Blue Like Me

Depression is on the rise among African Americans. One woman looked inward to find out why.

| July/August 2001


About a year and a half ago, a thought struck me with unprecedented force: Life sucks. Overall. Not physically, but psychically, and in a way rather worse than the modern miasma of inner perplexity and urban wariness that we call depression.This despondency was different, and felt completely above, or beneath, any self-actualization remedy. The usual miasma was there, but surging beneath it, like oil stealthily darkening a floor where you thought only water had spilled, was a sense of brokenness that felt vast and familiar, lived in; it had the wonderful and terrible assurance of a thing that had long been alive, much longer than myself. This great anxiousness seemed to speak, much better than depression could, to all the manifestations of my lacking life: the bills that couldn’t quite get paid, the boyfriend who seemed a permanent fixture but was always passing through, and most of all a weary acceptance that this would be about as good as things would get. Everything and everyone felt ephemeral, so what I was most attached to, what gave me the most comfort, also felt the most ominous. Each day I had to invent the world and appoint its order, try on attitudes like suits of clothes, discard them in heaps, finally bolt out the door with invariably ill-chosen feelings:

Life was making me not sad so much as exasperated and pissed off. Nothing fit the occasion of my life, whatever that was. I had decent-paying work, a roomy place to live in a decent part of town, a car, no family household obligations, license to shop when I wished. What gave? How and why were my blues not like everybody else’s?

I decided, with the help of a few friends and family members, that some therapy might be in order. Quite inadvertently, this decision began unraveling the mystery of my inertia. I had always lauded therapy in theory, but discovered I scorned it in private. Therapy was for wimps and complainers, or at least for people who had sufficient leisure time and money to take up a talking cure in the first place. In other words, therapy was for white people.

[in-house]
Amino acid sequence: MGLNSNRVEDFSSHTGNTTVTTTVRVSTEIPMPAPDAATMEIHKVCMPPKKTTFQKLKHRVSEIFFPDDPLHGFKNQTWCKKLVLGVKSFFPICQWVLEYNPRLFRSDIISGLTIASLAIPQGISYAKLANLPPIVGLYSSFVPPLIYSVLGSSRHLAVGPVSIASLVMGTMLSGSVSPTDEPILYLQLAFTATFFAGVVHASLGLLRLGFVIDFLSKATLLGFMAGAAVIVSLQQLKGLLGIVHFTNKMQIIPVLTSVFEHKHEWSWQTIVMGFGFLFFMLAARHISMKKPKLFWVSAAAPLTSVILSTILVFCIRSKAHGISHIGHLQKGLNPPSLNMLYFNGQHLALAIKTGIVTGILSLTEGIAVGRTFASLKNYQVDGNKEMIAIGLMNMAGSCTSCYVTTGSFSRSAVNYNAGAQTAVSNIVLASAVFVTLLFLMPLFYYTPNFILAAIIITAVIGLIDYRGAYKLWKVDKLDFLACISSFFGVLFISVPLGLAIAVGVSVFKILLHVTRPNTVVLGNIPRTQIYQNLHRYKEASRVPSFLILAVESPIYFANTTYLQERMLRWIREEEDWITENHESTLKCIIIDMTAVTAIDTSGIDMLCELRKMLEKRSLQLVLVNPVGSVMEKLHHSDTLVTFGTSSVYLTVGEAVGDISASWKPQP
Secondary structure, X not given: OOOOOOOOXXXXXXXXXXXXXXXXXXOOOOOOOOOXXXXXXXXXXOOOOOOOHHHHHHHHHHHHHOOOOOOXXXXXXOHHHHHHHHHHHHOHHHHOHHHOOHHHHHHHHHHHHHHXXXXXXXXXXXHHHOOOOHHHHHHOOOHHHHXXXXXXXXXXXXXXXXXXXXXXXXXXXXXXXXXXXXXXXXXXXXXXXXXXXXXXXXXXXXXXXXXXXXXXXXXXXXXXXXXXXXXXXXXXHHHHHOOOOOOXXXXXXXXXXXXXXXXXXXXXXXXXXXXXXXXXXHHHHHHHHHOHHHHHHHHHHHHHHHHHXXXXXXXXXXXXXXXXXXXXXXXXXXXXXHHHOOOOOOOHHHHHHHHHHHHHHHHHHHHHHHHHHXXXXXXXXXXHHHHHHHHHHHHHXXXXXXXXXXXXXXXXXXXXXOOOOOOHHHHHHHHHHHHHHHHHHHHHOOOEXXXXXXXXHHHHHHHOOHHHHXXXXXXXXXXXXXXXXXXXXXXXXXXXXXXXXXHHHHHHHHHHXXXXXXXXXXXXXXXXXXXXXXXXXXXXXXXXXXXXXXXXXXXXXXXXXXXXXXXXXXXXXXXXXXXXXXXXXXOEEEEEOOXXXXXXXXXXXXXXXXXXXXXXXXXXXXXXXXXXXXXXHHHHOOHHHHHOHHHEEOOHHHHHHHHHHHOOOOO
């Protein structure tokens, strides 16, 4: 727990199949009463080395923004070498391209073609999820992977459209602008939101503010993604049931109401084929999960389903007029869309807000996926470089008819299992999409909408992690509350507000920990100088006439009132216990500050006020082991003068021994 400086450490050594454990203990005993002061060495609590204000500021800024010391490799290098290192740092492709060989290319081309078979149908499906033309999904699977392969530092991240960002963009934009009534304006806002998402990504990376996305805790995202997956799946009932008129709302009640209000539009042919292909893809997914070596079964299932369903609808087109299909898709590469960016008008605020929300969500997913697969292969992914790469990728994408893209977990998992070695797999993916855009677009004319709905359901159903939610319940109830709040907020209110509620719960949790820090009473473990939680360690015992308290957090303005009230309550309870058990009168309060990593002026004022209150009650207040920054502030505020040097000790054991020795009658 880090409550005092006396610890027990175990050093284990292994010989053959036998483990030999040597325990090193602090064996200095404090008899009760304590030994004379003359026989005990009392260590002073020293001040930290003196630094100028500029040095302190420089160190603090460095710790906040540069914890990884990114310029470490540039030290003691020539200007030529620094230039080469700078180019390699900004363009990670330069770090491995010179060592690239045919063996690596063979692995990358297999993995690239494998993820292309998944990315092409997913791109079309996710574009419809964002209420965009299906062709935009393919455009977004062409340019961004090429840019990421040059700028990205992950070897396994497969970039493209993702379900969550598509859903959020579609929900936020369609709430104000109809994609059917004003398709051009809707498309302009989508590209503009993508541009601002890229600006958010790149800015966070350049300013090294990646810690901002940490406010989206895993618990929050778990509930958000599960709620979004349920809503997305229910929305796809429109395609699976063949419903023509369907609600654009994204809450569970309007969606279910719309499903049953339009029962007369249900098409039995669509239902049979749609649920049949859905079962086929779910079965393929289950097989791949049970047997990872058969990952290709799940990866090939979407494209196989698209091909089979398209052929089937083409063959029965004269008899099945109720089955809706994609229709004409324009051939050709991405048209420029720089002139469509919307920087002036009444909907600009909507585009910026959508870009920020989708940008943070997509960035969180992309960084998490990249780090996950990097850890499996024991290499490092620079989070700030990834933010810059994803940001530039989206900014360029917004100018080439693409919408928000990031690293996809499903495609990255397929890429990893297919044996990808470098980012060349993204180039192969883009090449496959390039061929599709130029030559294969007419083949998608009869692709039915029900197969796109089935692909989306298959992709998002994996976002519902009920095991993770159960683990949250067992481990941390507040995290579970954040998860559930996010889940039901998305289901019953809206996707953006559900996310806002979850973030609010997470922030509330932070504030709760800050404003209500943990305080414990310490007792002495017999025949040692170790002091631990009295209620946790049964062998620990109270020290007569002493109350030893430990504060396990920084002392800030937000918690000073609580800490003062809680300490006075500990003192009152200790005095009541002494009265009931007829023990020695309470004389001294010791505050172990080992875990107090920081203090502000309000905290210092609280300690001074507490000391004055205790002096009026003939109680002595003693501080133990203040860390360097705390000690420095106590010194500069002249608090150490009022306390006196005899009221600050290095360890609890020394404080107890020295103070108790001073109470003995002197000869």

When I first sat before a therapist, a very pleasant white woman of un-sparing insight, I realized there was far more to it than that. I am black, and, as such, had never been disassembled as an individual. It had never really seemed necessary, or even practical. In the course of life I had concluded that history had never taken much note of Negroes who were not iconic or tragic figures, or some combination thereof. They were symbols to admire at best and loathe at least, but not people to embrace for their vulnerability and personal explorations and resonant existential crises in the way that, say, Anaïs Nin and Albert Einstein were embraced for theirs. Our people, I had learned over and over in so many ways, are not like yours. We are not so finely calibrated, or so emotionally instructive; the world is more interested in how heavy a burden we can shoulder than in our capacity for curiosity, for observing the stars or walking a beach and collecting shells and bottle caps (which I did as a kid, alone, vaguely embarrassed by the lack of a larger point to it all). The world recognizes our capacity for resistance, and that’s the best it can say about us. That’s the best we can often say about each other; that is the best I can often say about myself. We are thus forever defined by the tension of standing opposite to something; in the absence of such tension, we are the trees that fall in a forest and nobody hears.



But the therapist was listening. I was a tree in full view and hearing range. I began talking, but after five minutes or so I felt I had said too much. Here the mystery unraveled further: I found that I didn’t want to offer myself up. I was nobody’s business. In the environment in which I was raised, character was built not on exposure––that was foolish, if not dangerous––but on a certain imperturbability. You could shore up weakness, but you could never be weak yourself. Being sympathetic and considerate was good, Christian if you looked at things that way, but the sympathy and consideration were supposed to emanate from a rock. It was especially important to be a rock in front of whites, who were all too eager to consign you to dysfunction anyway. So were black people, though for entirely different reasons: They didn’t mind your being drunk, strung out, or ranting––that was common enough––but you must never admit that you couldn’t be something else. One’s eyes must always be on a prize or a better life; hope is the cornerstone of blackness still, and to not invoke it is considered treachery and a waste of precious psychic resources. Melting down emotionally for the mere sake of release therefore never felt like an option for me, even though I longed to do it. Like voting and free speech, it’s practically an American birthright, but another one reserved for Americans of certain birth.

There were smaller scale but no less weighty considerations. I wouldn’t be exposing just myself during therapy, I would be exposing my whole family, my progenitors, my race, my––and our––still unformed legacy. This thought unsettled me far more than the thought of being colossally depressed—that was just me, after all––and so my next move with the therapist was to launch into a passionate defense of my father, whom I had always admired from a distance. I explained to her that he was peerless, that he had kept the wolves from our door even as he struggled to find his place among the wolves in the larger world. He had done battle, he was as rocklike as they come. . . .



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